Medically reviewed on February 1, 2018
What Is It?
You accidentally touch a hot stove. In a millisecond, you jerk your hand away. What just happened?
You have pain receptors throughout your body, both outside and within. These receptors send electrical messages through your spinal cord to the brain. You only become aware of pain after your brain receives and interprets these electrical messages. In some cases, such as when you touch a hot stove, the body can spring into defensive action even before the brain knows what is happening. That's because pain messages that reach the spinal cord can cause an automatic reflex response, making muscles near the source of the pain contract to get away from the pain.
Pain receptors and nerve pathways differ throughout the body. Therefore, the sensation of pain differs, too, depending on where the message comes from and how it travels. At times, the source of pain is difficult to locate. For example, some people feel the pain from a heart attack in the neck or jaw. People also differ in their ability to tolerate pain and how they respond to pain medication.
Pain is classified into two types:
Usually has a clear source
Doesn't last a long time
Can increase heart and breathing rates and raise blood pressure
Acute pain is generally useful. It's a clear sign of danger. Examples include touching a hot surface, stubbing your toe or being cut.
Usually lasts a month or more, and could last years
Can come and go many times or remain constant
Can disturb sleep patterns, decrease appetite and cause depression
Often has little or no effect on blood pressure, heart or breathing rates
Chronic pain can outlive its usefulness; the message has been sent and received, but keeps being sent over and over. Examples include arthritis, cancer and back injuries.
Pain is the symptom. Acute pain often has a clear source. Chronic pain is more persistent, lasting months or years, and it may or may not have an obvious source.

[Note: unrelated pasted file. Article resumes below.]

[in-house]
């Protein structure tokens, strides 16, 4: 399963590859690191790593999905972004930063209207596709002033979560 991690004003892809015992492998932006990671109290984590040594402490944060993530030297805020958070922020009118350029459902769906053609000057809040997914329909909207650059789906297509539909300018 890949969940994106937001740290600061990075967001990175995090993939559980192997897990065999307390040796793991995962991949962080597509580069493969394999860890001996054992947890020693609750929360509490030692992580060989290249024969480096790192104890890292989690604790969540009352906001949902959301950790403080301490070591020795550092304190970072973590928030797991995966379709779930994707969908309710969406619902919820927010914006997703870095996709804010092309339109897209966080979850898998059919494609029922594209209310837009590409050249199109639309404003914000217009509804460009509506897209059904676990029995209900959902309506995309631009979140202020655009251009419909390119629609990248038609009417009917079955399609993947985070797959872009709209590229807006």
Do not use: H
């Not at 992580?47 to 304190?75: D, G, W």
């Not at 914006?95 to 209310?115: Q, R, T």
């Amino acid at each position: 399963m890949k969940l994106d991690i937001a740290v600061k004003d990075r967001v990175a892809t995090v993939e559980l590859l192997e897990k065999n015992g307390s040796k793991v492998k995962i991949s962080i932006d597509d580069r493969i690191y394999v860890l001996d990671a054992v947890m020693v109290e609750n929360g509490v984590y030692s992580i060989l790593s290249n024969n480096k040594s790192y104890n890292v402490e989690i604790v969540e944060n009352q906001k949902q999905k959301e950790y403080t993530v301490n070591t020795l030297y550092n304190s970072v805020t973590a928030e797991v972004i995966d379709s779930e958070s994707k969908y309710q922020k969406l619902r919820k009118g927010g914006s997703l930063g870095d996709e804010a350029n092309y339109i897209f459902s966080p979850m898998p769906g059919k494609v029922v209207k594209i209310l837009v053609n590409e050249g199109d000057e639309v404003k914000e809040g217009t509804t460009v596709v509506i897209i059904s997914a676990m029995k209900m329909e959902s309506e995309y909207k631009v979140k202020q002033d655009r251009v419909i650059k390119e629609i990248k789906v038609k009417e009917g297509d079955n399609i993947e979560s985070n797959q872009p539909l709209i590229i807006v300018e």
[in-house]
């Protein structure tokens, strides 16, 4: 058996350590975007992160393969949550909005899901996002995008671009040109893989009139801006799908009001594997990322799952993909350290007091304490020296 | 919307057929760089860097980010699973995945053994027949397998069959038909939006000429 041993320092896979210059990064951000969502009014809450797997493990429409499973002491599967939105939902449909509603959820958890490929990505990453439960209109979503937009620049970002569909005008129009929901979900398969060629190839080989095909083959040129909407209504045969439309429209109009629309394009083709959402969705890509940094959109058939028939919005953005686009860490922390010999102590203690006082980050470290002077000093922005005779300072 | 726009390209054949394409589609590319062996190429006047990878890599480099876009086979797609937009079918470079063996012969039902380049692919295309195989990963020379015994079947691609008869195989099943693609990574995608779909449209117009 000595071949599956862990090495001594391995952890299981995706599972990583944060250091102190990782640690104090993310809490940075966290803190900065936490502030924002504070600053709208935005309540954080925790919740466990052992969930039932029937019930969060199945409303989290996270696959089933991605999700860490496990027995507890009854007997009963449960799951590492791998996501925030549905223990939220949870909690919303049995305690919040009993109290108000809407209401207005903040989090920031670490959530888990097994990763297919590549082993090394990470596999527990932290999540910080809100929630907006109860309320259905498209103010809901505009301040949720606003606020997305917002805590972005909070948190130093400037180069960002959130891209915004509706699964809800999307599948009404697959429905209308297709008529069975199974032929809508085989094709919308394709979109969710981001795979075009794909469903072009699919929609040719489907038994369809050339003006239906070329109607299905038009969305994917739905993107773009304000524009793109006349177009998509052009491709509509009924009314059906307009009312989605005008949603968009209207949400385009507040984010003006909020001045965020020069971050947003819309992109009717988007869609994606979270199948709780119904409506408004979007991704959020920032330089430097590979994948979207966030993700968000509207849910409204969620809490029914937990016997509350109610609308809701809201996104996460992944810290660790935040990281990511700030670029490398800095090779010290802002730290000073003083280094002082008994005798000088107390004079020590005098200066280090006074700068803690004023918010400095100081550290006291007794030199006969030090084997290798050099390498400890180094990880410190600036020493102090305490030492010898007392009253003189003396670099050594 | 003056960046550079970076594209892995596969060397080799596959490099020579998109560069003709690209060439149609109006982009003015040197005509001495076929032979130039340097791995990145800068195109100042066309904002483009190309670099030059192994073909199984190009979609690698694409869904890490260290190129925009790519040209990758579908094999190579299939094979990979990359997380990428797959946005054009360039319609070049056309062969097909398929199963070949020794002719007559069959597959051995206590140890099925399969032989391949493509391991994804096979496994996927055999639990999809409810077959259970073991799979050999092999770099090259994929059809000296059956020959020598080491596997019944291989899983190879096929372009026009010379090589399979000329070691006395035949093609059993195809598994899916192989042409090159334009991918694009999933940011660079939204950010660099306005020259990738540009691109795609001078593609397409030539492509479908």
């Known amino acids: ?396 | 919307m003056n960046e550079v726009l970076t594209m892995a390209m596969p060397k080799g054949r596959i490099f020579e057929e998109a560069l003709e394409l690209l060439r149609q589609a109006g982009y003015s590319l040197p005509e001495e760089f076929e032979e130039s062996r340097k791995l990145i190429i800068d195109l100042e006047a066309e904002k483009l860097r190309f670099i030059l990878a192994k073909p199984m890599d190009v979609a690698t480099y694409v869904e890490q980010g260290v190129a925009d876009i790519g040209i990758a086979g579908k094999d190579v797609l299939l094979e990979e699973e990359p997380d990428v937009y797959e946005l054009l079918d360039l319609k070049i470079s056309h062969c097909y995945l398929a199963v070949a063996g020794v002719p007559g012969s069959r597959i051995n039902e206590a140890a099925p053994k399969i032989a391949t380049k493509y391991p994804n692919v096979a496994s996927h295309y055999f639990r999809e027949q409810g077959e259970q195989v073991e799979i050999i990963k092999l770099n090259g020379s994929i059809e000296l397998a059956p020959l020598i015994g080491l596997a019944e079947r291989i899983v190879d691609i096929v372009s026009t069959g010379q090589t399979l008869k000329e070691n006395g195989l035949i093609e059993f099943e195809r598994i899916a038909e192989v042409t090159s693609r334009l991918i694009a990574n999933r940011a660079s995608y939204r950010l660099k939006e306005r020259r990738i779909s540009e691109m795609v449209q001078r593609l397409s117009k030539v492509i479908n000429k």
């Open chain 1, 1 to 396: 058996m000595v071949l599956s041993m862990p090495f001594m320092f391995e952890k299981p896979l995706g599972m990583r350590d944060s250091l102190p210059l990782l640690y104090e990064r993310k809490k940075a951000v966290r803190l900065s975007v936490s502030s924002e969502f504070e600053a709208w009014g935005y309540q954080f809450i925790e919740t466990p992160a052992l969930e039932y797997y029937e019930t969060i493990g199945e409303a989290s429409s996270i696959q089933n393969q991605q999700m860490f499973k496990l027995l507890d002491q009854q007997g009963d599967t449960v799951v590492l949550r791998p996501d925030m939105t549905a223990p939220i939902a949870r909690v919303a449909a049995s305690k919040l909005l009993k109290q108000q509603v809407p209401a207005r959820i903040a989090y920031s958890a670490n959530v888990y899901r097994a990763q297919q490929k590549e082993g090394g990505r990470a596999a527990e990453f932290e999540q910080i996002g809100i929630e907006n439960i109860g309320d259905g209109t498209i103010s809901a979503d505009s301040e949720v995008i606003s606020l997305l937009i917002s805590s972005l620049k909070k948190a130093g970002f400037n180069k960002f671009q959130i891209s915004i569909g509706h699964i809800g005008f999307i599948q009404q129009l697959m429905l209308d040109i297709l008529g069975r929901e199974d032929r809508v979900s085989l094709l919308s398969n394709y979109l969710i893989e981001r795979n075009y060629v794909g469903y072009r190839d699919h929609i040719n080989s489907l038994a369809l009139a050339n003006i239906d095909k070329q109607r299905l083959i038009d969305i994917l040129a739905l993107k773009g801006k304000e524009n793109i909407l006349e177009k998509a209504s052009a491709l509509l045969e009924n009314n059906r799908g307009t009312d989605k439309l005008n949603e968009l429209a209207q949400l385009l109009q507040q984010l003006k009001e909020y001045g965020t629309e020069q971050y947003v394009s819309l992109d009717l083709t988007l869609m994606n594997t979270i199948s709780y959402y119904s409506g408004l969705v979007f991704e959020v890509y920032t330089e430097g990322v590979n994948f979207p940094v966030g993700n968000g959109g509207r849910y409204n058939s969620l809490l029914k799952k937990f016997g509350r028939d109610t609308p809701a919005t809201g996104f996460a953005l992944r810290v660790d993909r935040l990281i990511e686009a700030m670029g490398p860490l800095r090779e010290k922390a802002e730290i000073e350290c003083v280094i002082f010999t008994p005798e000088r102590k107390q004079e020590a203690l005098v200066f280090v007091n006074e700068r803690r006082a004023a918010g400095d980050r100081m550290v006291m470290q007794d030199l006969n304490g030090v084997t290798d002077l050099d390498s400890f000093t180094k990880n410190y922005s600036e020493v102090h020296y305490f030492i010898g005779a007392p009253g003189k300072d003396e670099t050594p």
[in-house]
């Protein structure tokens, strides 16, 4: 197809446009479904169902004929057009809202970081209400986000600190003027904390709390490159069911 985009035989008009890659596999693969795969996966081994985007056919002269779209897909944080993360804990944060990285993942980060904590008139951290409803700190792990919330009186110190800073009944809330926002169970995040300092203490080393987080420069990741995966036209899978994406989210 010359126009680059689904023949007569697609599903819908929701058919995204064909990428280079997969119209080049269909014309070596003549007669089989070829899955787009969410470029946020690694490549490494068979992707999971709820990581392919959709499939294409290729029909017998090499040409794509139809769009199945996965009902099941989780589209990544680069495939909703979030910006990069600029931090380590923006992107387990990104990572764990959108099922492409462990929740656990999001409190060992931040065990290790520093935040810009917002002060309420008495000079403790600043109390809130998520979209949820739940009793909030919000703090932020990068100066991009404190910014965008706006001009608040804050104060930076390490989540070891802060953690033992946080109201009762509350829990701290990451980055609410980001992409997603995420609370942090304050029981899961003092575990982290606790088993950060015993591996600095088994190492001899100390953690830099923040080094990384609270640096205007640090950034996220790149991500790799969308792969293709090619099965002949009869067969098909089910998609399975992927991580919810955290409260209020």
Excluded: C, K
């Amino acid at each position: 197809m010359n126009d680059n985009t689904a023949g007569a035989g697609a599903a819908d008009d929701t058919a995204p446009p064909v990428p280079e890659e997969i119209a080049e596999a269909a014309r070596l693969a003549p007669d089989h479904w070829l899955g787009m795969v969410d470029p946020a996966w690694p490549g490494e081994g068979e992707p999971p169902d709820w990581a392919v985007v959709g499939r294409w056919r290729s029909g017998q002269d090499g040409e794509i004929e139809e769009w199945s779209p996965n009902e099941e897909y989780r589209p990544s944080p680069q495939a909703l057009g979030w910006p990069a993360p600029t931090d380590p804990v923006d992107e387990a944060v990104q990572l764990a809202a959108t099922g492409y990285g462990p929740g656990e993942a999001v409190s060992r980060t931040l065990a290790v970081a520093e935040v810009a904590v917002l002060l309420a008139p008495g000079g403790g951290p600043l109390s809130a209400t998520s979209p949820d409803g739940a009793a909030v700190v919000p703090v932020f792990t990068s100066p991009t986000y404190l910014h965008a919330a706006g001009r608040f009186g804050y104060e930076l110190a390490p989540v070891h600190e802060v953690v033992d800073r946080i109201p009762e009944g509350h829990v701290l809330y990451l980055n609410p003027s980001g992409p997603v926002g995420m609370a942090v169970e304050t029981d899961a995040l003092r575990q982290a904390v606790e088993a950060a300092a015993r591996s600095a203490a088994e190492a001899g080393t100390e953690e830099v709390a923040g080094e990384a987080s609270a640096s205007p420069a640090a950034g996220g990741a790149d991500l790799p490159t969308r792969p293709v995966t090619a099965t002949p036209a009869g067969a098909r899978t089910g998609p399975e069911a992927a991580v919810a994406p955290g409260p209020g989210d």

To diagnose the cause of pain, doctors usually try to determine the intensity of the pain and what's causing the pain. This can be challenging. No laboratory test can prove that pain exists, and describing pain in words can be difficult. Also, each person experiences pain differently.
Your doctor may ask you questions about the history of your pain. He or she may ask you to describe your pain using a scale, such as 0 (no pain) to 10 (unbearable pain), or use other scales and measurements. Once your doctor determines whether your pain is acute or chronic, and uncovers the source of the pain, he or she can determine the best way to treat it. However, doctors often begin treating pain before they identify the cause.
How long pain lasts will depend on its source and severity.
Trying to prevent pain before it happens can be dangerous. Acute pain is an important message that is essential to survival. Some people are born with a rare disorder (congenital analgesia) and do not feel pain. They live in great danger because they miss warning signals that could mean life or death.